The first time Odalys López tried to deposit her biweekly check and was told there were no funds to cover it, she thought it must be a mistake.
It had only been seven months since she arrived in the United States from Cuba and she was happy to have been able to find a job in her profession: phlebotomist (the technicians responsible for collecting blood samples).
Over the next five months, López continued working at the Alliance Blood Foundation blood bank despite having had other incidents of paychecks with no funds. But in January, after several days passed without being able to collect or receive a response from supervisors for a paycheck of $1,300 — which was supposed to cover payment due for work the previous September — she decided she could not stay on with the foundation.
López is not the only employee who has had trouble collecting payment from the company during the past year. Eleven other former workers, most of them of Cuban origin, filed a lawsuit in November against Alliance Blood Foundation Corp. and its board members: Wilbert Beckford, Marianela Collazo Fernández, Norkis Lezcano and Robert McKie.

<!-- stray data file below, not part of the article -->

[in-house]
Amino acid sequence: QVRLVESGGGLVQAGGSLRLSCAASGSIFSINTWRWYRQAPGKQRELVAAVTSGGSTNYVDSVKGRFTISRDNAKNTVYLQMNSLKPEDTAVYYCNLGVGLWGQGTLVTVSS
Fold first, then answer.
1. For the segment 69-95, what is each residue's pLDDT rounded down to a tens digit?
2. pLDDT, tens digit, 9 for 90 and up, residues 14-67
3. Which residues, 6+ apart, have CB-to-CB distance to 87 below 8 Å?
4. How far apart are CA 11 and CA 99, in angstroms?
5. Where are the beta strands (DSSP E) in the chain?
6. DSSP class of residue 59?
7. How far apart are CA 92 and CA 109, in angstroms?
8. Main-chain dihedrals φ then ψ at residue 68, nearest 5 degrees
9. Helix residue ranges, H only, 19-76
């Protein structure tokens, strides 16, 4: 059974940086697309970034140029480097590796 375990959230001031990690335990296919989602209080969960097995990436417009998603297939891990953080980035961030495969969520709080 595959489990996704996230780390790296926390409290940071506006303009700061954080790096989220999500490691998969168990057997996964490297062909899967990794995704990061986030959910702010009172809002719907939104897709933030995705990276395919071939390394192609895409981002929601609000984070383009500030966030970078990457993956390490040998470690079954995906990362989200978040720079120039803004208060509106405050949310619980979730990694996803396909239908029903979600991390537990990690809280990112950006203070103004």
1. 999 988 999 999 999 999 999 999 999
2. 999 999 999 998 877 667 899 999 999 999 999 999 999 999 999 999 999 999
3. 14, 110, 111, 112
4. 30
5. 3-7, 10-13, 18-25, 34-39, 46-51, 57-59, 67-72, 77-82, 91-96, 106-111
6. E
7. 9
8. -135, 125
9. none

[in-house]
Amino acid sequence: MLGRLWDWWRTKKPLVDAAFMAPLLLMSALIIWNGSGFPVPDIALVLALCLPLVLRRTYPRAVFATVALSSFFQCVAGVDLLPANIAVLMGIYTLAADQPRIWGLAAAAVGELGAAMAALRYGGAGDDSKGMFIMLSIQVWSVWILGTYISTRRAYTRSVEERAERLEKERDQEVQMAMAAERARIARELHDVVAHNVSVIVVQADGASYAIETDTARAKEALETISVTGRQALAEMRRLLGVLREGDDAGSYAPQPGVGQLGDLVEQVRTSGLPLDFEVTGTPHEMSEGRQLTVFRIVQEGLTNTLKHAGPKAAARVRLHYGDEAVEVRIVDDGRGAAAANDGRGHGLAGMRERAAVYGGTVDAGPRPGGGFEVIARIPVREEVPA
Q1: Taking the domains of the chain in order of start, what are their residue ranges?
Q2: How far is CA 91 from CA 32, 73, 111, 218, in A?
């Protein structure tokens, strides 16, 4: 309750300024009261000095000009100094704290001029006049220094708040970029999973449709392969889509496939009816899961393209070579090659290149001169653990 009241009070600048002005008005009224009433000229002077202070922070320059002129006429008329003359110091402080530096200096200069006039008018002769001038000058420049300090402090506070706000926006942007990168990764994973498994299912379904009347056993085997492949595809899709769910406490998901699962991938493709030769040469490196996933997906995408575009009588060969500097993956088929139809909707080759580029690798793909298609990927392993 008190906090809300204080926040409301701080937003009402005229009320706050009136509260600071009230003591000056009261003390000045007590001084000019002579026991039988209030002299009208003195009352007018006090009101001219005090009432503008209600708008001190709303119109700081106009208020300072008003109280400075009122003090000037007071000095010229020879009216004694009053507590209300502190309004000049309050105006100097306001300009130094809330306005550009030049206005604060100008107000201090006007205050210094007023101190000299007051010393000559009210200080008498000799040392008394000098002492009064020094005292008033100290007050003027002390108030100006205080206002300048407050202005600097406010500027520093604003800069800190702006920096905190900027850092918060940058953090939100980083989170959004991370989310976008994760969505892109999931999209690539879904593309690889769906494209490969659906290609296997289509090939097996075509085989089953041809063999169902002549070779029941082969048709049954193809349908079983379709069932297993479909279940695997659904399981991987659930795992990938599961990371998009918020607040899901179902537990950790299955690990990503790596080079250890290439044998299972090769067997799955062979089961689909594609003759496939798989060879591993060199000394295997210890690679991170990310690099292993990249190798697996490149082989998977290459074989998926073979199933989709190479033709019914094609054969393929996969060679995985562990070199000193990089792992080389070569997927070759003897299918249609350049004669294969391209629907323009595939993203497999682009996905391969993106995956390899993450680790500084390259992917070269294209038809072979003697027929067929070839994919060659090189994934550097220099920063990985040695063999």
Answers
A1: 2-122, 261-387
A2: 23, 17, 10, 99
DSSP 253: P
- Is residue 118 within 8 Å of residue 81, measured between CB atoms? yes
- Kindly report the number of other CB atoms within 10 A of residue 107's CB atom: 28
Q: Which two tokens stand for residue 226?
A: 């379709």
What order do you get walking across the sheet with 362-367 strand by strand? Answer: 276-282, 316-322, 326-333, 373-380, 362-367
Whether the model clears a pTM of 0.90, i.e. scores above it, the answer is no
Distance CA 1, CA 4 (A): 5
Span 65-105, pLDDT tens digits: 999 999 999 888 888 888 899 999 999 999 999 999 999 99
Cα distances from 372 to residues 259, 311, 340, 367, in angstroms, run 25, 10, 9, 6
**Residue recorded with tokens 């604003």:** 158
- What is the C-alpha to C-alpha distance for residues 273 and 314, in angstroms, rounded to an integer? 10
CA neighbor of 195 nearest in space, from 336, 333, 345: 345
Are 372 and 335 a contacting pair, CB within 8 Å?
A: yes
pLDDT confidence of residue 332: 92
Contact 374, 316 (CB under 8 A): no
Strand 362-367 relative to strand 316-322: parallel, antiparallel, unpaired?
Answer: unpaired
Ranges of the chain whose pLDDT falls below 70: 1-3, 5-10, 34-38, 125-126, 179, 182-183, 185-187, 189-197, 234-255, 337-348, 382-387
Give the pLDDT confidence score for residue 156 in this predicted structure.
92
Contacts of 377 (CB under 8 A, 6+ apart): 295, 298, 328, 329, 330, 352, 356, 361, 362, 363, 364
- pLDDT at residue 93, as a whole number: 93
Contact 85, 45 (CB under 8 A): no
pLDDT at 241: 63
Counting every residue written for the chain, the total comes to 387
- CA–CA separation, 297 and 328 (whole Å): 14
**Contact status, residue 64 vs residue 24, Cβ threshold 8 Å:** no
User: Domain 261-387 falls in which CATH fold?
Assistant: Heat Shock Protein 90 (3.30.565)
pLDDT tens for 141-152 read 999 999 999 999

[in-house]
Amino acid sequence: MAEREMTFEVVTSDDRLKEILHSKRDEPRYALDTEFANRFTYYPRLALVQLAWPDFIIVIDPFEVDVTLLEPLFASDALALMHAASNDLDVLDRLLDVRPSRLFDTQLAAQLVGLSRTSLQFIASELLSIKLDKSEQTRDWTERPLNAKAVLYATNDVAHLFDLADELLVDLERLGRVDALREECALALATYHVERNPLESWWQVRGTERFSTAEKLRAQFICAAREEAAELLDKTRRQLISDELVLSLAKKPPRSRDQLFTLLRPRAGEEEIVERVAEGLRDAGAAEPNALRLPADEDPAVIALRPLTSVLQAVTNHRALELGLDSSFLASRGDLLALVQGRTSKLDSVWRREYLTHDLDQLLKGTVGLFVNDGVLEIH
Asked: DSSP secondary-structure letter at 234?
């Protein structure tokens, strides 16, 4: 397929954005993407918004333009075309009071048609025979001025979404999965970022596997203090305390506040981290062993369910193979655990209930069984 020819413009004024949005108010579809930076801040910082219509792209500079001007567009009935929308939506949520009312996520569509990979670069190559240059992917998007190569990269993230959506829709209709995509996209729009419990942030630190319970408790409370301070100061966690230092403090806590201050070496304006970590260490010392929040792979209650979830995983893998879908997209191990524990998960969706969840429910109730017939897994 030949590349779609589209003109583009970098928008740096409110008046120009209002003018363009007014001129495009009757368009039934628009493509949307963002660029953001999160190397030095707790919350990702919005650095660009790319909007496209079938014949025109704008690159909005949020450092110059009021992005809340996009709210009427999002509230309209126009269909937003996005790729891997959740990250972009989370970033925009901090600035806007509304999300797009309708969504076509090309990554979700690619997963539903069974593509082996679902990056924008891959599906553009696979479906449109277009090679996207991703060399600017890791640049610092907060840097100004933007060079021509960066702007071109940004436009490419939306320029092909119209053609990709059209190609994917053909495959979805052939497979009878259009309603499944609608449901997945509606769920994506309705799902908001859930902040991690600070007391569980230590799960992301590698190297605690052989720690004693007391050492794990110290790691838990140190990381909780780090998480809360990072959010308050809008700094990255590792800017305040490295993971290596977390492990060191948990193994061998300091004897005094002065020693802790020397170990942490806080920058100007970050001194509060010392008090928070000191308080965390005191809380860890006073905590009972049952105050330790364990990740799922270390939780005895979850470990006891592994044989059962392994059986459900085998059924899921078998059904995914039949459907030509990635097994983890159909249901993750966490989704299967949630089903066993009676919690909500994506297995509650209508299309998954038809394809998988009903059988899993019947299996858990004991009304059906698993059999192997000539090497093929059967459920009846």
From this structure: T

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The lawsuit states that the organization — registered in Florida a year ago as a nonprofit entity — owes them a total of $15,000 in wages and overtime violations. “Alliance was established for the purpose of taking advantage of its employees, like plaintiffs, and generating donations for its officers salaries and expenses,” the document said.